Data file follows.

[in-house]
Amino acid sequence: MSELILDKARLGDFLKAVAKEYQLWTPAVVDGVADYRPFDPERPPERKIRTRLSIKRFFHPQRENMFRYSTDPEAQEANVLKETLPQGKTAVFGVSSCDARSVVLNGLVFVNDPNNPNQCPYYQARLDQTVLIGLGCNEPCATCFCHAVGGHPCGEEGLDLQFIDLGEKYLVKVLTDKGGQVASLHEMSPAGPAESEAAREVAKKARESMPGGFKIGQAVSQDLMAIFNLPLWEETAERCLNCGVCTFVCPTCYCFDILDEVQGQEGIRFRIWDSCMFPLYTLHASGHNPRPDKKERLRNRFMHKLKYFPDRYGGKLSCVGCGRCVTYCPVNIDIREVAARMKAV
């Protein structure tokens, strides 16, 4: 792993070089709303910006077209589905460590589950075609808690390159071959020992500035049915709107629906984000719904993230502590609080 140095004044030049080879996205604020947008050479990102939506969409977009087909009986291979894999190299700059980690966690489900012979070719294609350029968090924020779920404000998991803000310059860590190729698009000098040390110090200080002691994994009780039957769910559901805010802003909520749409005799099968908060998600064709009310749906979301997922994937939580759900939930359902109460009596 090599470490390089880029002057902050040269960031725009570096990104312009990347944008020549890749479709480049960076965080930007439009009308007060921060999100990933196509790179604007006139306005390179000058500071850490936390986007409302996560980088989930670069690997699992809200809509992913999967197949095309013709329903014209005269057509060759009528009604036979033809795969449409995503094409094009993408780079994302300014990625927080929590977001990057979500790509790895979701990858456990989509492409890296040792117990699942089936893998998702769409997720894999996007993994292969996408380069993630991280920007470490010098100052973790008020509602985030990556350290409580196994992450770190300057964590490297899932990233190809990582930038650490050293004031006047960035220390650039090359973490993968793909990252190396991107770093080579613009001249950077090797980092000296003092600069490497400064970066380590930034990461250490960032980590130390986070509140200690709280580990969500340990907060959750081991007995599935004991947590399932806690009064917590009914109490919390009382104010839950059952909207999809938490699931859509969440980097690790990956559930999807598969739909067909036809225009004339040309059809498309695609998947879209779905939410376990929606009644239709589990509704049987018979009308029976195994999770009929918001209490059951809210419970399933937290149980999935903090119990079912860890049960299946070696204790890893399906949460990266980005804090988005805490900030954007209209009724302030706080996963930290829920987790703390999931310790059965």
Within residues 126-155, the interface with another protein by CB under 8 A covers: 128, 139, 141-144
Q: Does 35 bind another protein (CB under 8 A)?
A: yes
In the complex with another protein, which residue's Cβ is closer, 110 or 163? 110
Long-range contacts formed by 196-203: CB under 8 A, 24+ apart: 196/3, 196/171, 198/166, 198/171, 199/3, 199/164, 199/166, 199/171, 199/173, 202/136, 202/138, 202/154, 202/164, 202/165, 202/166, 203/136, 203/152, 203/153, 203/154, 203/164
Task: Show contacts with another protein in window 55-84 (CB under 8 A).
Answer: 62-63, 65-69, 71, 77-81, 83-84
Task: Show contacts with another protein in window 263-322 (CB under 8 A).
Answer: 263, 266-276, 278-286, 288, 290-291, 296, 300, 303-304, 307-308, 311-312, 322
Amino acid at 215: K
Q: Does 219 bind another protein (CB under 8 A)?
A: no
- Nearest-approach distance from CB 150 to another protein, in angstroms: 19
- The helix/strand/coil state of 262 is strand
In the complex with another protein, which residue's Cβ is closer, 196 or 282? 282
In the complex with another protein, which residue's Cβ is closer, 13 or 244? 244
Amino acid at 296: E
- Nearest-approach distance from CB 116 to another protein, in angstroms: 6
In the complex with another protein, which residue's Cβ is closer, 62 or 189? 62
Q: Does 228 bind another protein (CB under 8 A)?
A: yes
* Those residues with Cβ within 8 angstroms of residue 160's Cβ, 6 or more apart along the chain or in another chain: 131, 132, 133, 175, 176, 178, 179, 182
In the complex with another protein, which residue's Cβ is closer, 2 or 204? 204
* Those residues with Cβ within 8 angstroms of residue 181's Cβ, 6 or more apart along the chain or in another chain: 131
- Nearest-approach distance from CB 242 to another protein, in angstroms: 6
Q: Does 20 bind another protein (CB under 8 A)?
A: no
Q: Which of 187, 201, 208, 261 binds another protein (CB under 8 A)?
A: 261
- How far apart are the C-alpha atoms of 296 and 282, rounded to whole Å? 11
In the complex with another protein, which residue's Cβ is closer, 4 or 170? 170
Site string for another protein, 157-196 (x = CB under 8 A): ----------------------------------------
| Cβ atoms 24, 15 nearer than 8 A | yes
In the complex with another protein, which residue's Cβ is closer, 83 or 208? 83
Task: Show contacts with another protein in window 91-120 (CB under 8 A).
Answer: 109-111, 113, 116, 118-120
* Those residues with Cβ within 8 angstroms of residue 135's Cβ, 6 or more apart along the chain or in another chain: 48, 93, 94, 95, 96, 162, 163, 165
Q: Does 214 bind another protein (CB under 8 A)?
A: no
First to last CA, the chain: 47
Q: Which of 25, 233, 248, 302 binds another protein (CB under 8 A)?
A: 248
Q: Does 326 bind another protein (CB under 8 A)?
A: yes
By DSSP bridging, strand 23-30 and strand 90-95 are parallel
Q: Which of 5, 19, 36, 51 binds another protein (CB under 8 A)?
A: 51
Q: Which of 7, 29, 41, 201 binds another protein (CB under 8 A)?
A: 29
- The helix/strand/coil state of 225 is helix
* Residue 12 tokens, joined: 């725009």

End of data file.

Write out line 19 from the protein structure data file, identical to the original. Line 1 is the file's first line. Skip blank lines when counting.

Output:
In the complex with another protein, which residue's Cβ is closer, 13 or 244? 244